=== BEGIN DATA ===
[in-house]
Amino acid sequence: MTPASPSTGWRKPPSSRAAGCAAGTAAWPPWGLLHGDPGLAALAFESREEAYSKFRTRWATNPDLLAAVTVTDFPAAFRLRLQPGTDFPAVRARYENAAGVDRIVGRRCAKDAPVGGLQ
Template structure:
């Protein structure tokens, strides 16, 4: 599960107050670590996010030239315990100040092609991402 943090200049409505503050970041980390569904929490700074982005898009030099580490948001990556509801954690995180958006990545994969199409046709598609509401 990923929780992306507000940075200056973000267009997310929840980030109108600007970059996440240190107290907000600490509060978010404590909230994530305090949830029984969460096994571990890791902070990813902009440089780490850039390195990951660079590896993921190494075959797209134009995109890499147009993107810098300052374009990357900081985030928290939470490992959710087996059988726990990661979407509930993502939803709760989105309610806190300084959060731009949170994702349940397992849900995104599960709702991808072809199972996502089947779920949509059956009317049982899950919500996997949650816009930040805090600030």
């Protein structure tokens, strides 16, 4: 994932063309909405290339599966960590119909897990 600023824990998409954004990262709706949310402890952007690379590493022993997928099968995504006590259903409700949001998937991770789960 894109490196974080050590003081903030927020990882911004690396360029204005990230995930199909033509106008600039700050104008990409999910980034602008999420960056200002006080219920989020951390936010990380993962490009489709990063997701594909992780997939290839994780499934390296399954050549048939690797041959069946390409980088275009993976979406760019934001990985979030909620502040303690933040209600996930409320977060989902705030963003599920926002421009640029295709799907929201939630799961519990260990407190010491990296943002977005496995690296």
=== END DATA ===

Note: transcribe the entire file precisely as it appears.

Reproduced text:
[in-house]
Amino acid sequence: MTPASPSTGWRKPPSSRAAGCAAGTAAWPPWGLLHGDPGLAALAFESREEAYSKFRTRWATNPDLLAAVTVTDFPAAFRLRLQPGTDFPAVRARYENAAGVDRIVGRRCAKDAPVGGLQ
Template structure:
């Protein structure tokens, strides 16, 4: 599960107050670590996010030239315990100040092609991402 943090200049409505503050970041980390569904929490700074982005898009030099580490948001990556509801954690995180958006990545994969199409046709598609509401 990923929780992306507000940075200056973000267009997310929840980030109108600007970059996440240190107290907000600490509060978010404590909230994530305090949830029984969460096994571990890791902070990813902009440089780490850039390195990951660079590896993921190494075959797209134009995109890499147009993107810098300052374009990357900081985030928290939470490992959710087996059988726990990661979407509930993502939803709760989105309610806190300084959060731009949170994702349940397992849900995104599960709702991808072809199972996502089947779920949509059956009317049982899950919500996997949650816009930040805090600030």
């Protein structure tokens, strides 16, 4: 994932063309909405290339599966960590119909897990 600023824990998409954004990262709706949310402890952007690379590493022993997928099968995504006590259903409700949001998937991770789960 894109490196974080050590003081903030927020990882911004690396360029204005990230995930199909033509106008600039700050104008990409999910980034602008999420960056200002006080219920989020951390936010990380993962490009489709990063997701594909992780997939290839994780499934390296399954050549048939690797041959069946390409980088275009993976979406760019934001990985979030909620502040303690933040209600996930409320977060989902705030963003599920926002421009640029295709799907929201939630799961519990260990407190010491990296943002977005496995690296």